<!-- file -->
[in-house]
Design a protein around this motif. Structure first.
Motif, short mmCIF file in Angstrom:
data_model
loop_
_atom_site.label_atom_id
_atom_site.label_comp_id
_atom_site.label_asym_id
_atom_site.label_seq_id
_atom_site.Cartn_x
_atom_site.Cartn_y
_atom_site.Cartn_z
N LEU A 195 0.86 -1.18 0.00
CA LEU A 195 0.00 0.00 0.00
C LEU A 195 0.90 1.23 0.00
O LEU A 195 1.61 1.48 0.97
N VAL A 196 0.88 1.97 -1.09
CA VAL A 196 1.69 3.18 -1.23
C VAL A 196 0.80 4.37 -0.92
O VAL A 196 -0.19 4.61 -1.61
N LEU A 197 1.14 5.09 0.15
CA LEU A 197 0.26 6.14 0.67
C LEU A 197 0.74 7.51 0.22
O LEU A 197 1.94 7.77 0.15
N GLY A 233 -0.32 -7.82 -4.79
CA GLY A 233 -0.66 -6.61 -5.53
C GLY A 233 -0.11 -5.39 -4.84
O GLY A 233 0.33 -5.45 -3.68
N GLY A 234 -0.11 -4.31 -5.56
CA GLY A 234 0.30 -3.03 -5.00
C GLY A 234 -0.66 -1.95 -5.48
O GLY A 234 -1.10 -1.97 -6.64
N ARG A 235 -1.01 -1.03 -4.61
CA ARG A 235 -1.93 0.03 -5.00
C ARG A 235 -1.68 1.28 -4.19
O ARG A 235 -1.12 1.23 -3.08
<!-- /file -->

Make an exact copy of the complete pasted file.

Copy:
[in-house]
Design a protein around this motif. Structure first.
Motif, short mmCIF file in Angstrom:
data_model
loop_
_atom_site.label_atom_id
_atom_site.label_comp_id
_atom_site.label_asym_id
_atom_site.label_seq_id
_atom_site.Cartn_x
_atom_site.Cartn_y
_atom_site.Cartn_z
N LEU A 195 0.86 -1.18 0.00
CA LEU A 195 0.00 0.00 0.00
C LEU A 195 0.90 1.23 0.00
O LEU A 195 1.61 1.48 0.97
N VAL A 196 0.88 1.97 -1.09
CA VAL A 196 1.69 3.18 -1.23
C VAL A 196 0.80 4.37 -0.92
O VAL A 196 -0.19 4.61 -1.61
N LEU A 197 1.14 5.09 0.15
CA LEU A 197 0.26 6.14 0.67
C LEU A 197 0.74 7.51 0.22
O LEU A 197 1.94 7.77 0.15
N GLY A 233 -0.32 -7.82 -4.79
CA GLY A 233 -0.66 -6.61 -5.53
C GLY A 233 -0.11 -5.39 -4.84
O GLY A 233 0.33 -5.45 -3.68
N GLY A 234 -0.11 -4.31 -5.56
CA GLY A 234 0.30 -3.03 -5.00
C GLY A 234 -0.66 -1.95 -5.48
O GLY A 234 -1.10 -1.97 -6.64
N ARG A 235 -1.01 -1.03 -4.61
CA ARG A 235 -1.93 0.03 -5.00
C ARG A 235 -1.68 1.28 -4.19
O ARG A 235 -1.12 1.23 -3.08